TQ: The Machineries of Empire Trilogy is Space Opera. What do you think is the appeal of Space Opera?
YHL: Well, I don't know about anyone else, but for me it's two parts Big Space Battles to one part not having to sweat the fine details of actual physics. Certainly there are space operas that adhere more strictly to known physics and engineering, but there's a whole spectrum of this stuff from technology as essentially magic (which is where Machineries falls) to harder sf, so there's something for everyone. I like physics fine and sometimes read hard sf for fun, but sometimes I don't want to sweat Lorentzian contractions or be bothered about how the FTL system makes no sense. (They rarely do, in my experience...)
The other thing I think might be particularly appealing about space opera is its romantic nature, not in the sense of kissing scenes but larger-than-life plots and personalities. I hear that in history two opposing approaches to understanding events are Big Personalities vs. Massed Social Forces. I think there's value to both approaches (I say, despite not being a historian), but space opera very definitely tends toward Big Personalities, which can be appealing as a fantasy of agency.
TQ: Give us one or two of your favorite non-spoilery quotes from Raven Stratagem.
“Look at the insignia,” the man said. “That’s some kind of officer, isn’t it?”
Whoever the medics were, they clearly weren’t Kel.
“That’s a lieutenant colonel, you dimwit.” The owner of the first voice sounded like they wished their companion were something smarter, like a slime mold.
TQ: What's next?
YHL: I'm currently working on a Korean mythology space opera for middle grade readers called Dragon Pearl for Disney-Hyperion. The heroine is a shapeshifting fox spirit girl searching for her brother, who allegedly deserted from the Space Forces while hunting for the Dragon Pearl of the title--an artifact that can terraform worlds. As you can imagine, considering that this whole thing is set in space, I'm playing fast and loose with the source folklore and not sweating authenticity too much.
After that, I'll be working on a collection of hexarchate short stories called, appropriately, Hexarchate Stories. Half the material will be reprints of extant hexarchate material, and half of it will be new to the collection. And after that, who knows?
TQ: Thank you for joining us at The Qwillery.
YHL: Thank you for having me!
The Machineries of Empire 2
Solaris, June 13, 2017
Trade Paperback and eBook, 400 pages
Captain Kel Cheris is possessed by a long-dead traitor general. Together they must face the rivalries of the hexarchate and a potentially devastating invasion.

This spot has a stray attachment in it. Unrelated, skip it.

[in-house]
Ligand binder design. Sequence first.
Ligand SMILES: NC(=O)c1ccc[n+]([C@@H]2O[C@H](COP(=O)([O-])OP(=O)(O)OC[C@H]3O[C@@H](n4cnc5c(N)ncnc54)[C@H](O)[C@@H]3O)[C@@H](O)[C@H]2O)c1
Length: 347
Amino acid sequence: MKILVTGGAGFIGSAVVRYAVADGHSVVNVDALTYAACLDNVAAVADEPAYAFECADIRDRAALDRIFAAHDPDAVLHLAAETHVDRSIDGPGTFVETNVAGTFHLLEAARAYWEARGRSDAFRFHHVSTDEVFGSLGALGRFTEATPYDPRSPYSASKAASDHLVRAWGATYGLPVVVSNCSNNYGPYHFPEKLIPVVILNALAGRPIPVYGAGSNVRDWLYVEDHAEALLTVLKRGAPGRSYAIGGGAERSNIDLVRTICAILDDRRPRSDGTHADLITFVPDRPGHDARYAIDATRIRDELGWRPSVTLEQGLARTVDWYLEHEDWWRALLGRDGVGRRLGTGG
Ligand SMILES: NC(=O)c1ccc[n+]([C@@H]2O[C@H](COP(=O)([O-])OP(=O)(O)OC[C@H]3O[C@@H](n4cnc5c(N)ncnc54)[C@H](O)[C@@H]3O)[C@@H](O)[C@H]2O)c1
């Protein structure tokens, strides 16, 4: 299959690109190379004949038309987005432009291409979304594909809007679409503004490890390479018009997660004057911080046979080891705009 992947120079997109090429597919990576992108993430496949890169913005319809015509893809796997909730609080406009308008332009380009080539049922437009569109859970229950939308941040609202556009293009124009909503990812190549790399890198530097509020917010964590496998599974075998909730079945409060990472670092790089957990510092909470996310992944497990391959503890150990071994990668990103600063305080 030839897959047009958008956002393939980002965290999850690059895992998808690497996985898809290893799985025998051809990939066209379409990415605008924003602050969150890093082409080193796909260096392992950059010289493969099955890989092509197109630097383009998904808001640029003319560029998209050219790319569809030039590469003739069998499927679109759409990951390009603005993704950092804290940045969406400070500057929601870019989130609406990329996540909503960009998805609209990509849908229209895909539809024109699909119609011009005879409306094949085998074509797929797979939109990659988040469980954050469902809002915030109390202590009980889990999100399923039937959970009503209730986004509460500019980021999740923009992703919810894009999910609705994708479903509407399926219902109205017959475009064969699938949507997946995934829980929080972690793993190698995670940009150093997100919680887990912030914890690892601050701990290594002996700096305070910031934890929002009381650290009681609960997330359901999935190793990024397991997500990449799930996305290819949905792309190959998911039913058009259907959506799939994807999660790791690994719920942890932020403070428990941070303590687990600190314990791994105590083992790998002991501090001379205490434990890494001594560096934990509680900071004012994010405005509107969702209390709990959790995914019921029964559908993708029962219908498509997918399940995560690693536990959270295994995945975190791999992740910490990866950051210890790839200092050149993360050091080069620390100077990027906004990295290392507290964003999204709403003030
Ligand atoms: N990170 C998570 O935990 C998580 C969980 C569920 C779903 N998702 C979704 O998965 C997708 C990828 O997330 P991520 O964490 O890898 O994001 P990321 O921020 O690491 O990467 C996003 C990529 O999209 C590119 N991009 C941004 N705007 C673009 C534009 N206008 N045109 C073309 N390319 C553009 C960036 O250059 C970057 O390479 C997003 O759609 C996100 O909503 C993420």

When the hexarchate's gifted young captain Kel Cheris summoned the ghost of the long-dead General Shuos Jedao to help her put down a rebellion, she didn't reckon on his breaking free of centuries of imprisonment – and possessing her.
Even worse, the enemy Hafn are invading, and Jedao takes over General Kel Khiruev's fleet, which was tasked with stopping them. Only one of Khiruev's subordinates, Lieutenant Colonel Kel Brezan, seems to be able to resist the influence of the brilliant but psychotic Jedao.
The Machineries of Empire 1
Solaris Books, June 14, 2016
Trade Paperback and eBook, 384 pages
To win an impossible war Captain Kel Cheris must awaken an ancient weapon and a despised traitor general.
Captain Kel Cheris of the hexarchate is disgraced for using unconventional methods in a battle against heretics. Kel Command gives her the opportunity to redeem herself by retaking the Fortress of Scattered Needles, a star fortress that has recently been captured by heretics. Cheris's career isn't the only thing at stake. If the fortress falls, the hexarchate itself might be next.
Cheris's best hope is to ally with the undead tactician Shuos Jedao. The good news is that Jedao has never lost a battle, and he may be the only one who can figure out how to successfully besiege the fortress.
The bad news is that Jedao went mad in his first life and massacred two armies, one of them his own. As the siege wears on, Cheris must decide how far she can trust Jedao--because she might be his next victim.
Yoon Ha Lee's first novel, NINEFOX GAMBIT, came out in 2016 from Solaris Books and was shortlisted for the Nebula, Hugo, and Clarke awards. Its sequel, RAVEN STRATAGEM, is forthcoming in June 2017. He lives in Louisiana with his family and an extremely lazy cat, and has not yet been eaten by gators.